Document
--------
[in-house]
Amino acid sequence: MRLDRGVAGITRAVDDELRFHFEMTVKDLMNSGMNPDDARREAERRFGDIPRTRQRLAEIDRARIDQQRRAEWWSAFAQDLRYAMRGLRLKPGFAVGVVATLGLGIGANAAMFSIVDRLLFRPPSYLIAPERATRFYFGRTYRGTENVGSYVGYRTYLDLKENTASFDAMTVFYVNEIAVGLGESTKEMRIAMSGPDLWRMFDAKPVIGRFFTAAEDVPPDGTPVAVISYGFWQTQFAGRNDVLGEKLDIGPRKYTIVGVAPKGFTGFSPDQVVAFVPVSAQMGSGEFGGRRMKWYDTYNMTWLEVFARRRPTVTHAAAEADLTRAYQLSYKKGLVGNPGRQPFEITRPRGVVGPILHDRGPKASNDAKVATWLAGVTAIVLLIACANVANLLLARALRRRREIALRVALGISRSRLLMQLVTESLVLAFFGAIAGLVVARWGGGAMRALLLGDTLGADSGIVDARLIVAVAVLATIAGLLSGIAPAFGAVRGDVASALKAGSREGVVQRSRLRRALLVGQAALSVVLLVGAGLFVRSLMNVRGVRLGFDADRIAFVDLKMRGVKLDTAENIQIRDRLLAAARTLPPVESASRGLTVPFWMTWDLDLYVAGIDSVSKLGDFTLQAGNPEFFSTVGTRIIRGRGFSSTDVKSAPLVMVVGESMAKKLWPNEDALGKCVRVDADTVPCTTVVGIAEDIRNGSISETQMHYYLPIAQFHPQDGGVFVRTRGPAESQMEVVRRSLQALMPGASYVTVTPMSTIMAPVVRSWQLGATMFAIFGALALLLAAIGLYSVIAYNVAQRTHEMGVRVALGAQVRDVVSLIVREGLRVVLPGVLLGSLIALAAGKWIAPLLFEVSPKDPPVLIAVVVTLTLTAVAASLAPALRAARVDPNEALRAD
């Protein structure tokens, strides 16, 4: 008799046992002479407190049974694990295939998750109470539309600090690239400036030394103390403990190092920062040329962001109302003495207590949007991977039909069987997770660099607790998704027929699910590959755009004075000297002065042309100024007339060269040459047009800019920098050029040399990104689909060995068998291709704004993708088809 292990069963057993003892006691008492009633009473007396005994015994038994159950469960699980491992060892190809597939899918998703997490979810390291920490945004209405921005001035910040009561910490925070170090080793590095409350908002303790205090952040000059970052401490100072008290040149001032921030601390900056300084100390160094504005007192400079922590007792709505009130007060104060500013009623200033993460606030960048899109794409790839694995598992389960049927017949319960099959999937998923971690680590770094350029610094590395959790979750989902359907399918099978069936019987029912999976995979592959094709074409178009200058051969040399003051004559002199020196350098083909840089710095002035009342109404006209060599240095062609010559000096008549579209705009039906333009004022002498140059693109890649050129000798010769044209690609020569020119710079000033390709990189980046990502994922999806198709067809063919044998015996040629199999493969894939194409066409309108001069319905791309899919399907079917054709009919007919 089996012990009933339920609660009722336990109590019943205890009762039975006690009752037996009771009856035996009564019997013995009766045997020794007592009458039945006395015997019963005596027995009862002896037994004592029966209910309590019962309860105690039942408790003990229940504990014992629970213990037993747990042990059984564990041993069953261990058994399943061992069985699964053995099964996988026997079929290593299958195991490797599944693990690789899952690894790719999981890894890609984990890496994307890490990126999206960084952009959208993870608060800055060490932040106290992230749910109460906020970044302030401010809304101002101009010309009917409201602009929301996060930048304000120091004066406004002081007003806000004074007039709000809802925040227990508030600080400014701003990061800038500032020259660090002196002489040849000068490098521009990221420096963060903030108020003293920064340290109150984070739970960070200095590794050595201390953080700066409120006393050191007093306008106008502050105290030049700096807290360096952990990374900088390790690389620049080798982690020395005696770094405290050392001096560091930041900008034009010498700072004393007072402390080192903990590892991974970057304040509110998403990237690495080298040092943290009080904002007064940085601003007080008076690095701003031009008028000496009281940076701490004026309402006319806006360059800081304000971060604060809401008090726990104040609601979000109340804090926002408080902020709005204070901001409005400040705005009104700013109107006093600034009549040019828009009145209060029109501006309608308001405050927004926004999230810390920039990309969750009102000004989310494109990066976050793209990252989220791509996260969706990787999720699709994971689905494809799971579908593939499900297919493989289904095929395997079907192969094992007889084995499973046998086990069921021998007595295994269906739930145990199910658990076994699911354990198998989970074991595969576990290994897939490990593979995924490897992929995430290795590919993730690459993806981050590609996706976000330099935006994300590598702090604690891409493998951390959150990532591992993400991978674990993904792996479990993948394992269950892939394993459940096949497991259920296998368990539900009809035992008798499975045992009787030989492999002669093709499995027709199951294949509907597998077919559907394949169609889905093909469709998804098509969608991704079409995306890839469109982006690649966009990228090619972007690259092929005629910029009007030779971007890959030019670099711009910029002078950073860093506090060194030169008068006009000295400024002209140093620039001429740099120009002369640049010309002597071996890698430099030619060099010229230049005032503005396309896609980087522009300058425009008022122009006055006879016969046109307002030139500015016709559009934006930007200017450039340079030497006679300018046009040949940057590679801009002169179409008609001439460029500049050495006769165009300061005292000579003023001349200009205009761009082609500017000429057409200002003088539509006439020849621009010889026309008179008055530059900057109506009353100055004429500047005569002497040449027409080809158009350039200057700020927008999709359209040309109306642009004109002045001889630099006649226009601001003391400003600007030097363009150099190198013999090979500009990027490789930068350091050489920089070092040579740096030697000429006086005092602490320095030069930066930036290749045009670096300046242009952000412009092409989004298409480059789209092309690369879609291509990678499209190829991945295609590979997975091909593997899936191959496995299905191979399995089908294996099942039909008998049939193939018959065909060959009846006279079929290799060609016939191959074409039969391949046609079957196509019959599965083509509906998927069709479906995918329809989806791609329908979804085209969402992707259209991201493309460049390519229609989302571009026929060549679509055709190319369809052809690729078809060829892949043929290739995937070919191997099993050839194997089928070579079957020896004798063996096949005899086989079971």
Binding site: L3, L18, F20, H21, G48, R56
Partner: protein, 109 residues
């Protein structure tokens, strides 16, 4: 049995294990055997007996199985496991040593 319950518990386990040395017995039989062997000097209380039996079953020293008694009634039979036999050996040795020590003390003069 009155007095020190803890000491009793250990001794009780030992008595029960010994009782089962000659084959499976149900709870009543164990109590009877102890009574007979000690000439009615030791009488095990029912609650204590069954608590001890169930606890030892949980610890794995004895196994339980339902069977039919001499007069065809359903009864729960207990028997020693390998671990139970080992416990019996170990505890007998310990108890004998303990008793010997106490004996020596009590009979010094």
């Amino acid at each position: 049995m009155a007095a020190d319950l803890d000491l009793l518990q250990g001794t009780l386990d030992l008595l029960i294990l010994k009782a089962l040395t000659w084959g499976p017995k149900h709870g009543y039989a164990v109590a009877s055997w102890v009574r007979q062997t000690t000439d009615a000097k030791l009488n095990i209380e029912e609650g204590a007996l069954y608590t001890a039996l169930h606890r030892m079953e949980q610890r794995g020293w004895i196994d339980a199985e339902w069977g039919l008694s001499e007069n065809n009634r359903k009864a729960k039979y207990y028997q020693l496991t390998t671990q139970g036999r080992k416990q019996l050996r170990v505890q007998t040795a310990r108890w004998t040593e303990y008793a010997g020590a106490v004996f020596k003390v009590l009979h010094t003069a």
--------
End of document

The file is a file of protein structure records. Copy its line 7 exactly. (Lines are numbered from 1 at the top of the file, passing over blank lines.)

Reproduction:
């Amino acid at each position: 049995m009155a007095a020190d319950l803890d000491l009793l518990q250990g001794t009780l386990d030992l008595l029960i294990l010994k009782a089962l040395t000659w084959g499976p017995k149900h709870g009543y039989a164990v109590a009877s055997w102890v009574r007979q062997t000690t000439d009615a000097k030791l009488n095990i209380e029912e609650g204590a007996l069954y608590t001890a039996l169930h606890r030892m079953e949980q610890r794995g020293w004895i196994d339980a199985e339902w069977g039919l008694s001499e007069n065809n009634r359903k009864a729960k039979y207990y028997q020693l496991t390998t671990q139970g036999r080992k416990q019996l050996r170990v505890q007998t040795a310990r108890w004998t040593e303990y008793a010997g020590a106490v004996f020596k003390v009590l009979h010094t003069a």